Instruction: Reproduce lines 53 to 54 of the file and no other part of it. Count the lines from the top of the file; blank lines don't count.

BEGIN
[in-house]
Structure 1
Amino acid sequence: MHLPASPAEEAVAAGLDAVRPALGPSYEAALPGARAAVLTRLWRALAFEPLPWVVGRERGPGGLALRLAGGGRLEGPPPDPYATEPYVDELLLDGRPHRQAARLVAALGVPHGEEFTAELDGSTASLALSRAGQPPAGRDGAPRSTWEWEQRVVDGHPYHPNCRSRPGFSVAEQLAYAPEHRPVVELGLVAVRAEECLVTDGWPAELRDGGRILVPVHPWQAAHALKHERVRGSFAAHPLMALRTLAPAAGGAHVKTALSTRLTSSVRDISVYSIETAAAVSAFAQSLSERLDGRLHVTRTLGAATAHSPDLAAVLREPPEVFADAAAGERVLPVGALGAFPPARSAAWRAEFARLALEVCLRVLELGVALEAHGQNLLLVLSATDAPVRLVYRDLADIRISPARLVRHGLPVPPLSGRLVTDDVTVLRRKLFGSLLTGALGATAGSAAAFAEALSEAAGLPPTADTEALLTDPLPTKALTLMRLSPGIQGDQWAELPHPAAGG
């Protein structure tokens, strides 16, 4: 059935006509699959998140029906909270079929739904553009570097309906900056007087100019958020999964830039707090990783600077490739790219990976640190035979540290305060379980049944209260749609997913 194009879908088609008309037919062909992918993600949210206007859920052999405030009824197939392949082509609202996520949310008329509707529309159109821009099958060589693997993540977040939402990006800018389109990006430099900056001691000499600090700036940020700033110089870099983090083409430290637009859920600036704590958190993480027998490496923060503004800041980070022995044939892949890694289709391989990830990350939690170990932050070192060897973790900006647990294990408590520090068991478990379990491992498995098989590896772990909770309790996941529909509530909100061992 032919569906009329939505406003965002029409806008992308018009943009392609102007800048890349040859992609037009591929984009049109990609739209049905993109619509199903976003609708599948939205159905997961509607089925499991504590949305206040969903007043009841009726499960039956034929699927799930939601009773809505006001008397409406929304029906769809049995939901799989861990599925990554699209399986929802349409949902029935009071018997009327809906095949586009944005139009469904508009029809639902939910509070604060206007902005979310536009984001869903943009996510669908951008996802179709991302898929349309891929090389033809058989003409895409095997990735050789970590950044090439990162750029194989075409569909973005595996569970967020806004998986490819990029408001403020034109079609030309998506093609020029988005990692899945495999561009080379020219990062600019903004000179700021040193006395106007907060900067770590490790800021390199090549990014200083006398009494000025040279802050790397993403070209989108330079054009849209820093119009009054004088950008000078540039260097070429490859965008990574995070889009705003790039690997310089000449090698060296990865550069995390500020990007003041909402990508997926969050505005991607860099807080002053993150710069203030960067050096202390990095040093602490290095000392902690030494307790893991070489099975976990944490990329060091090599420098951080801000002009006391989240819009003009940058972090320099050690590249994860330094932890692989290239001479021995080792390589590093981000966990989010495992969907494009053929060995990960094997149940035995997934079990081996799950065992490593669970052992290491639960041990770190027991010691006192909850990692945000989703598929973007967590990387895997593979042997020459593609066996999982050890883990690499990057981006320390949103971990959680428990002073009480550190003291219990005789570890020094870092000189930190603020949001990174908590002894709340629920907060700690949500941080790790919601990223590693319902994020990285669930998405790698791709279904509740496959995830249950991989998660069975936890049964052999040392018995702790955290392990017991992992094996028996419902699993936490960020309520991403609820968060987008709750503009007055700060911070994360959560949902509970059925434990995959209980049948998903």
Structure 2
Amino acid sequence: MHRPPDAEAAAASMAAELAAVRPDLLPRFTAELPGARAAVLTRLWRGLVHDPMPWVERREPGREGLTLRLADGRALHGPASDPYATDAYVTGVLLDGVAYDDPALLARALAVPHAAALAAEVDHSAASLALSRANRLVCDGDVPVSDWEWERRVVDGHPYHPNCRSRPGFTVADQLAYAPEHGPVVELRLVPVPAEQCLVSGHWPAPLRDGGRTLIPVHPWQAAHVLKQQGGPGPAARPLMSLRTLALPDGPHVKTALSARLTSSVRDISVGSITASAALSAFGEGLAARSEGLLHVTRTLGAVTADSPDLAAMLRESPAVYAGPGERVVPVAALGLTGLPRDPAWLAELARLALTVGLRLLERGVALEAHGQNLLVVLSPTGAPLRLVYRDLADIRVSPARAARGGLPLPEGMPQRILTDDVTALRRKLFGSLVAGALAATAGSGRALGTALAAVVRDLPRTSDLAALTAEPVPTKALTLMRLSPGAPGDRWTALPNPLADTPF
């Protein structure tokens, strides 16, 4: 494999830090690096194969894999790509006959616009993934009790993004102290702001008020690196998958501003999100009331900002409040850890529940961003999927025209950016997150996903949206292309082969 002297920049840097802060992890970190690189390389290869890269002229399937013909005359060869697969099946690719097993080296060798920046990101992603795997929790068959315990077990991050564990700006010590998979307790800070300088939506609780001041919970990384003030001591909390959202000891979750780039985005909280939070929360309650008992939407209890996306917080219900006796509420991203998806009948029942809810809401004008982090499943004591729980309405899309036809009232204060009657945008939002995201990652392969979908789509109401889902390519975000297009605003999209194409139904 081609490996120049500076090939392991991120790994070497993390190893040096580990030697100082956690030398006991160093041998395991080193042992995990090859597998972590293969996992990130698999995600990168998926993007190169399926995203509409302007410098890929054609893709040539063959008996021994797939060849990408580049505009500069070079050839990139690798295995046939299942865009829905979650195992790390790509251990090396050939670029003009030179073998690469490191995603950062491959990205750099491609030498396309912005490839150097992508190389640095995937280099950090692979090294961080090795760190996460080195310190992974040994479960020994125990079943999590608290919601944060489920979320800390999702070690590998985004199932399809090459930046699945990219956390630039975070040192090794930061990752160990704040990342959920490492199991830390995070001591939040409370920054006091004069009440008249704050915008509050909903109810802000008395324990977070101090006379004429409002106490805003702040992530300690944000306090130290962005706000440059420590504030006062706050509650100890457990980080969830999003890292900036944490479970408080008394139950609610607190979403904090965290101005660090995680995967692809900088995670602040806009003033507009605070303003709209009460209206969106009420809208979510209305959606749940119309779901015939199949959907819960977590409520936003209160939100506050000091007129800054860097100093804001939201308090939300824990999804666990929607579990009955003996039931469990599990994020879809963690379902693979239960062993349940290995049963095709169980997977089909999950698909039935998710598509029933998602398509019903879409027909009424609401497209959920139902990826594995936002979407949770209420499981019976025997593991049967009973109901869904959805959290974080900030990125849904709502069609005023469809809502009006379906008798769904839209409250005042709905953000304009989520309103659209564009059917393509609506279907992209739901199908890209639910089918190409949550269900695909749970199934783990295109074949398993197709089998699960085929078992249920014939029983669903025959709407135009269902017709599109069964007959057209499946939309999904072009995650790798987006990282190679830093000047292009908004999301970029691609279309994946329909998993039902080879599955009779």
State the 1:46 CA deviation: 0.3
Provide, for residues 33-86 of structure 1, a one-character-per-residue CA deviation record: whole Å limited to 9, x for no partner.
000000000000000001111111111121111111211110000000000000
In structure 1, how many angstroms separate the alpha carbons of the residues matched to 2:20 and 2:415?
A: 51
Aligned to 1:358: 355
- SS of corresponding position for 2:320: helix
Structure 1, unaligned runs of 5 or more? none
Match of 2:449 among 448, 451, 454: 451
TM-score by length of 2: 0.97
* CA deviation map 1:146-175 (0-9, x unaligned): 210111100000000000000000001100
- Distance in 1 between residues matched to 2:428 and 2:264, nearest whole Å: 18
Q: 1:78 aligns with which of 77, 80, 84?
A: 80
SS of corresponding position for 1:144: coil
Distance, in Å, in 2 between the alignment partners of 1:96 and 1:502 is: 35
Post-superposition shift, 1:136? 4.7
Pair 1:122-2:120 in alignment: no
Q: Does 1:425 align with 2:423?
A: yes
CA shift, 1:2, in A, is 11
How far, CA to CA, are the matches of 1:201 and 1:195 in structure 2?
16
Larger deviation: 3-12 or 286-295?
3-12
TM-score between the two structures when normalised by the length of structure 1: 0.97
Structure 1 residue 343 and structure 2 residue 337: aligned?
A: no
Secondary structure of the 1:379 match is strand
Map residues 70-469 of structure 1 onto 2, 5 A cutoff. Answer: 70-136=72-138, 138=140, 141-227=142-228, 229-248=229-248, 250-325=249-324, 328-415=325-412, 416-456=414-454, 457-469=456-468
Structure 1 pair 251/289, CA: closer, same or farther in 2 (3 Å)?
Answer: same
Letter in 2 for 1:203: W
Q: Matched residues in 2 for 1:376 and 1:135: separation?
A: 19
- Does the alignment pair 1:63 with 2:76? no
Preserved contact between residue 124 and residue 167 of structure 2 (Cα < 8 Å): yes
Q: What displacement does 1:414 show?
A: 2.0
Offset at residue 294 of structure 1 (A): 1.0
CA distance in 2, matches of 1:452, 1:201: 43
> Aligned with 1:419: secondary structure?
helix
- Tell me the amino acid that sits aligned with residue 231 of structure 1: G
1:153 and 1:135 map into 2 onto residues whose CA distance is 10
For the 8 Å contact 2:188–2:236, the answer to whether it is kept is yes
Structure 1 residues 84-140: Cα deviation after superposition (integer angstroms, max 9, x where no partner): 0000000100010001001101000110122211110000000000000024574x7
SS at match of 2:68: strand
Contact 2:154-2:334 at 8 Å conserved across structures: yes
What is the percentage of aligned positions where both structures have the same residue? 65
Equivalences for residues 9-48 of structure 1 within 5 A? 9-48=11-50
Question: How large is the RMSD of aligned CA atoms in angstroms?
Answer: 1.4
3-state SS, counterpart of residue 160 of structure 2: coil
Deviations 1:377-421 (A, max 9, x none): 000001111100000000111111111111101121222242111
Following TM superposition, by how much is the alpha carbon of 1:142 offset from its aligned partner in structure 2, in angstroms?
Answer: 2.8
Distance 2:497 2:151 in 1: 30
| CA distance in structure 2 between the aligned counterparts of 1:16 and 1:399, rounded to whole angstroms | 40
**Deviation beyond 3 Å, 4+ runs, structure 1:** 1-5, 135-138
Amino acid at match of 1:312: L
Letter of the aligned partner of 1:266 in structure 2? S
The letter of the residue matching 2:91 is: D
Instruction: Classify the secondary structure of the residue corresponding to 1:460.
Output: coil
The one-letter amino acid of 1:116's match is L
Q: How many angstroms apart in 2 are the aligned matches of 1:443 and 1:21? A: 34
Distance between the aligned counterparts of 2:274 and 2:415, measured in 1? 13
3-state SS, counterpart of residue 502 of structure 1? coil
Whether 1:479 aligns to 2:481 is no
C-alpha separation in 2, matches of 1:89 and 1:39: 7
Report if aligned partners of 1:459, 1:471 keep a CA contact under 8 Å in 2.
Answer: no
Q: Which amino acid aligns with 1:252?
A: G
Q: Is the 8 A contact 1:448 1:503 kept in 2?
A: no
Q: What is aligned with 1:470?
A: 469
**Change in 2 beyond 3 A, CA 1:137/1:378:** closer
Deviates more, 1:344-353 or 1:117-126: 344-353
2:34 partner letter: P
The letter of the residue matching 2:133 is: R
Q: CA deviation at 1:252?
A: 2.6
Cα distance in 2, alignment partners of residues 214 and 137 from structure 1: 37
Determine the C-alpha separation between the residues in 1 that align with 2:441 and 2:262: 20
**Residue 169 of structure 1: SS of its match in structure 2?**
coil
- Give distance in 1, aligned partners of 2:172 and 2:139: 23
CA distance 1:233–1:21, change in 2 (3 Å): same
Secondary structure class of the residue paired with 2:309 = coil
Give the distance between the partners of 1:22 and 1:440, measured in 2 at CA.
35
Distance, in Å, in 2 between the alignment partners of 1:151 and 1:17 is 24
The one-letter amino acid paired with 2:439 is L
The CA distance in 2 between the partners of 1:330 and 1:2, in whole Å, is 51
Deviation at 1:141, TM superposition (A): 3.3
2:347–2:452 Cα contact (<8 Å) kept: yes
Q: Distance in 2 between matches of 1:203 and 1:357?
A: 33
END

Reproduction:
For the 8 Å contact 2:188–2:236, the answer to whether it is kept is yes
Structure 1 residues 84-140: Cα deviation after superposition (integer angstroms, max 9, x where no partner): 0000000100010001001101000110122211110000000000000024574x7